Just like those gleeful post-vaccination septuagenarians indulging in indoor dining and beachside reunions, Hollywood media companies are just so ready for a post-pandemic return to theatrical releases, familiar business models, a normal awards season, and most importantly, a hybrid streaming future that still does most of what studios have done for 110 years.
This past 10 days were filled with news about media companies tweaking business models, stuffing war chests, revamping release schedules, and otherwise getting ready for The New Normal, whenever that returns like spring breakers to South Beach. Among the highlights:
* WarnerMedia will end its controversial day-and-date experiment after this year, moving from simultaneous releases of its 2021 movie slate on HBO Max and in theaters. WarnerMedia also cut a deal with Cineworld that guarantees its Regal theaters will carry Warner Bros. movies with a surprisingly lengthy 45-day exclusive window. Compared to other studios, that deal seems positively old-school, with possibly problematic impacts for HBO Max, the most expensive streaming service. Maybe 2021’s approach isn’t driving enough signups, or reducing enough churn. Or maybe CEO Jason Kilar just wants billion-dollar baby Christopher Nolan to stop his tantrums and get back to making giant movies that no one understands.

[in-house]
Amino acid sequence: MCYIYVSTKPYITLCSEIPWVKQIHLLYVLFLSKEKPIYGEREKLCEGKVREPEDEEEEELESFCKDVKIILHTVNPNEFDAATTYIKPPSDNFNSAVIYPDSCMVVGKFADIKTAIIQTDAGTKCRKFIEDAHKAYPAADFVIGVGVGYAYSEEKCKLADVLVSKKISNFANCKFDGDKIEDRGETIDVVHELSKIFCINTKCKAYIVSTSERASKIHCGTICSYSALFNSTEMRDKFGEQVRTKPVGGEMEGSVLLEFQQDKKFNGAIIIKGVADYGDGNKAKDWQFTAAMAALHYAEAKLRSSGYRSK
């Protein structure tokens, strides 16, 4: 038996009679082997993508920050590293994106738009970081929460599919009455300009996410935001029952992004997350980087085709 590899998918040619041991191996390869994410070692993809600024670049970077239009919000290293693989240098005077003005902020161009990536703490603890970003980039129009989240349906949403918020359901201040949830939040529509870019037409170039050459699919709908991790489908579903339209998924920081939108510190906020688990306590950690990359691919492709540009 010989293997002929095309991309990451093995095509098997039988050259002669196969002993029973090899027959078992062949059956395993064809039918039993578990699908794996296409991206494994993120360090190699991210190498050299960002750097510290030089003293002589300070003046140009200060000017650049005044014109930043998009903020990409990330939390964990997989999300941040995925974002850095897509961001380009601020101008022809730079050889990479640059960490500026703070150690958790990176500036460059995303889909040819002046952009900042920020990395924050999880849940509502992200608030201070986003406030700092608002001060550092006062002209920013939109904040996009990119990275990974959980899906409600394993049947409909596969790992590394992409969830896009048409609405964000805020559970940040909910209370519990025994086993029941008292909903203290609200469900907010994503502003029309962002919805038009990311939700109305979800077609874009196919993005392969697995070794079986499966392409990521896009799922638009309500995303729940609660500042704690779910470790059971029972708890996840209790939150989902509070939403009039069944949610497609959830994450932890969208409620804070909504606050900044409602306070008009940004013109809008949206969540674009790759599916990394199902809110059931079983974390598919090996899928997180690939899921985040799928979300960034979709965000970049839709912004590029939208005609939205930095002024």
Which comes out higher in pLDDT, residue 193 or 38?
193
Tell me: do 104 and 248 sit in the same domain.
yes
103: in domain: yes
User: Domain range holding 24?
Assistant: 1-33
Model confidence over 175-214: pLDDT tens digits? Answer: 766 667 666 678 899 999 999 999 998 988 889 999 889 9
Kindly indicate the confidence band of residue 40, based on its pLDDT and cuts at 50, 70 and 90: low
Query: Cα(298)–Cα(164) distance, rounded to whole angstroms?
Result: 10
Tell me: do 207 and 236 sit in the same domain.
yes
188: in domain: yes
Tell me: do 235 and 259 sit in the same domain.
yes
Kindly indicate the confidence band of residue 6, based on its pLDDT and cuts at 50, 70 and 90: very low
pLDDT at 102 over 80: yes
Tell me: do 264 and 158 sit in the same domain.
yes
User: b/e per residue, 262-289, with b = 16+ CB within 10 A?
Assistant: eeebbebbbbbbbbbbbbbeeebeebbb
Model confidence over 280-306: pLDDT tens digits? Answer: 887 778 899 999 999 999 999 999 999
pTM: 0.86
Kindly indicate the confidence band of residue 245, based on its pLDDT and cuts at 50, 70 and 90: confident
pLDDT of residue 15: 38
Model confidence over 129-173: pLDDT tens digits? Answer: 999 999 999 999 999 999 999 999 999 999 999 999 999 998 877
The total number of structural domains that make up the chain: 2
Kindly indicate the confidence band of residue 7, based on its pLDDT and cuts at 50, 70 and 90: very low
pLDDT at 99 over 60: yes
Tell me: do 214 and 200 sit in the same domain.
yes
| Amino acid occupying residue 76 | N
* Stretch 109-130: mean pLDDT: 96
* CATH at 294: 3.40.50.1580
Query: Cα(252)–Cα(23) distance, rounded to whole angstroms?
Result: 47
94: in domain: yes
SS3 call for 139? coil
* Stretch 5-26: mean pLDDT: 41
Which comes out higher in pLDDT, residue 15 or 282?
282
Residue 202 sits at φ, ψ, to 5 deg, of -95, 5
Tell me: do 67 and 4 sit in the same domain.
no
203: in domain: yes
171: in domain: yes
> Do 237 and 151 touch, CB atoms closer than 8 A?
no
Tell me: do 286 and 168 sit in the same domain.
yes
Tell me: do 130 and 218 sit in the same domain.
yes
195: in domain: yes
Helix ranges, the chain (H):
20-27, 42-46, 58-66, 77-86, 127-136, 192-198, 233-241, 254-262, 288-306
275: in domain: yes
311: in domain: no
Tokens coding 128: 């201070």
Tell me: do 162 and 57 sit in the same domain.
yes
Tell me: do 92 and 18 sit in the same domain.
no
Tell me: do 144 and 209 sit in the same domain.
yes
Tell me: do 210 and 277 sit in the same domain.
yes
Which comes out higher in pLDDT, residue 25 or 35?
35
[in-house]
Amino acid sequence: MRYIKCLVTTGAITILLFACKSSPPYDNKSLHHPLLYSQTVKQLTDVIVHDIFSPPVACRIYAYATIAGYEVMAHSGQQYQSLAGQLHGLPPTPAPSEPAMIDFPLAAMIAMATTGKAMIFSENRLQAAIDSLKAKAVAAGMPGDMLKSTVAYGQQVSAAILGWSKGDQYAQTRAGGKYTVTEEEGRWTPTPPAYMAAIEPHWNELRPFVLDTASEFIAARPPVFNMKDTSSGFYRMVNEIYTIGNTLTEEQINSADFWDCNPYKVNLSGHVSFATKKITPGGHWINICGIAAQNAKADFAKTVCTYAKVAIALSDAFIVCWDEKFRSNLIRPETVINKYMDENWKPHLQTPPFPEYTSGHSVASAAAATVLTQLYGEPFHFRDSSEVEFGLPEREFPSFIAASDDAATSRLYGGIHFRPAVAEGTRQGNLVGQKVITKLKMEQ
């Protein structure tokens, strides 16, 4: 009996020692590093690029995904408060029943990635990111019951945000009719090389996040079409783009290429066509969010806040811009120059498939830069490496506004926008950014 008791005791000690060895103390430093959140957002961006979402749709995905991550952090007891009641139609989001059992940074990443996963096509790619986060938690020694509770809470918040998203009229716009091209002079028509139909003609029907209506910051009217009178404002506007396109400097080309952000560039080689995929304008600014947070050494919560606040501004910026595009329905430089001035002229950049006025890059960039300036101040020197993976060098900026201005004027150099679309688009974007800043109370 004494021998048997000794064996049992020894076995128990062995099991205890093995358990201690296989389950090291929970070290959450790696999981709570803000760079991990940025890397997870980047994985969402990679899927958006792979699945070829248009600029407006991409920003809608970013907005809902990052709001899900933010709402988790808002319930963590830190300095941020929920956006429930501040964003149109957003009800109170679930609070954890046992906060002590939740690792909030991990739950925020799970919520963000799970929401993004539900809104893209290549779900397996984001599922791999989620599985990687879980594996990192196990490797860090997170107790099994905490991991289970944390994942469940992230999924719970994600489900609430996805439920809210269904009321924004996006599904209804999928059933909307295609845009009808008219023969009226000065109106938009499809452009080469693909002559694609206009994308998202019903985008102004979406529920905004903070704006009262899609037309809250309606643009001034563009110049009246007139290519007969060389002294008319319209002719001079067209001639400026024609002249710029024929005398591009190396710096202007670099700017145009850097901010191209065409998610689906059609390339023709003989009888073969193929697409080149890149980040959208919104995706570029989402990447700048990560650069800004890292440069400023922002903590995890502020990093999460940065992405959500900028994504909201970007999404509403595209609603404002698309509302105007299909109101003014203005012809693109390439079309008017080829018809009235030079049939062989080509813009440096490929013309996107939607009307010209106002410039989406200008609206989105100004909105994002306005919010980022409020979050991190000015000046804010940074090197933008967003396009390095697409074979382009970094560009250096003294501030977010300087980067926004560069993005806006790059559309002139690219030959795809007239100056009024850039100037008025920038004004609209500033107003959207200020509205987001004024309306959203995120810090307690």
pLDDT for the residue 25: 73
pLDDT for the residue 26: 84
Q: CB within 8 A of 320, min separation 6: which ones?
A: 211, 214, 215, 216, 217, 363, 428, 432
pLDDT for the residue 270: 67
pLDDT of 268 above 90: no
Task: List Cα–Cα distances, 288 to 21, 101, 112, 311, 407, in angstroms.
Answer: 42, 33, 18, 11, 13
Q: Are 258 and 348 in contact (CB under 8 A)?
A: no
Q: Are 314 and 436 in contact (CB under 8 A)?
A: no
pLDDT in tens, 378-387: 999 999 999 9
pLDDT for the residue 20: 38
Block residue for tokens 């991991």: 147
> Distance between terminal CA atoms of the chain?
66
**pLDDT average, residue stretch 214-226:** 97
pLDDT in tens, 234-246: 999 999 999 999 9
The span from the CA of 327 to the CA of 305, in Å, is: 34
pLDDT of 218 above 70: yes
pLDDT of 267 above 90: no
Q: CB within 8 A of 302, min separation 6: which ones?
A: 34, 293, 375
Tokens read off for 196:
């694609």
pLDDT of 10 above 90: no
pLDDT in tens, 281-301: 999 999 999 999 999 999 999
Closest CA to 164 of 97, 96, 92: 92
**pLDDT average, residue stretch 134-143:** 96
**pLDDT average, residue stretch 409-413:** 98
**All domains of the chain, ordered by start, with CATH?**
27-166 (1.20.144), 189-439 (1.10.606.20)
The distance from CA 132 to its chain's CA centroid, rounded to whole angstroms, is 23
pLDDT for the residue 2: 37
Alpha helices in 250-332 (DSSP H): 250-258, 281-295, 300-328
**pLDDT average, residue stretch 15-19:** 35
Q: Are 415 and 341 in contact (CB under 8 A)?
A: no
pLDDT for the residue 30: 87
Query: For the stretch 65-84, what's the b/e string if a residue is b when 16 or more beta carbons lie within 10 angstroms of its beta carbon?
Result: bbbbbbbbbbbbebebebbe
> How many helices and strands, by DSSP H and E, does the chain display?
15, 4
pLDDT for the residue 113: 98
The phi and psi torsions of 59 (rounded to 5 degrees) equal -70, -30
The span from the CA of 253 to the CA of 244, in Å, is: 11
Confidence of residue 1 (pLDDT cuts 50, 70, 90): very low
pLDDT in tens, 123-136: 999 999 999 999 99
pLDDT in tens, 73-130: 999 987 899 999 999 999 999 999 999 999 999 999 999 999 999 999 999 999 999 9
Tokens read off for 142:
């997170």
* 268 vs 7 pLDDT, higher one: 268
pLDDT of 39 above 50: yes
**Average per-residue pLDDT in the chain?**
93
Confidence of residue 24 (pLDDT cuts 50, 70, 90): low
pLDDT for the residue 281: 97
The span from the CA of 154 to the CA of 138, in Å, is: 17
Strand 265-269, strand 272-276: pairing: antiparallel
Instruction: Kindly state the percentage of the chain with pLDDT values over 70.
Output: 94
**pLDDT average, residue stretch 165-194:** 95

* Theater chains have reason for optimism: Los Angeles County’s pandemic recovery may soon loosen capacity restrictions in the nation’s single biggest movie market. The improving circumstances in Hollywood’s backyard occurred alongside a WarnerMedia deal that will lead Cineworld to re-open Regal locations April 2 for special runs of Godzilla Vs. Kong, and two weeks later, Mortal Kombat. Regal theaters, the nation’s second-biggest chain, have been closed for half a year.
* Disney delayed the debuts of Black Widow and five other films. Perhaps far more notable is Disney’s plan to add premium VOD windows for Black Widow and another expected blockbuster, Cruella. With Mulan, the $30 “Premium Access” deal was only available to Disney Plus subscribers. Whether Marvel obsessives, as opposed to harried parents wanting to quell the kiddies in lockdown, will pay that much for early home access will be worth monitoring.
* All the broadcast networks plus ESPN paid dearly to lock down their share of TV’s most valuable programming, NFL games. Amazon will produce 15 Thursday-night game broadcasts, and is promising to shake things up, no doubt with sophisticated integration of e-commerce and advertising. All the deals included streaming rights, but the deal’s most telling detail was the NFL’s out clause in 2029. If broadcast and traditional pay-TV continue to collapse at pandemic rates, The Shield can walk. (Legal) sports betting will be more popular than ever by then, but the biggest bet of all is whether the NFL exercises that option.
* ViacomCBS sold $3 billion worth of stock and convertible debt “for general corporate purposes, including investments in streaming.” Company executives already committed a few weeks ago to spend $1 billion this year on streaming programs, ramping up to $5 billion by 2025. Some of that money could go for more sports rights, or for the 427th Star Trek spinoff series. As a pure-play media company of moderate size, ViacomCBS faces more urgency than deep-pocketed competitors to get people locked into Paramount+ during its post-launch marketing blitz.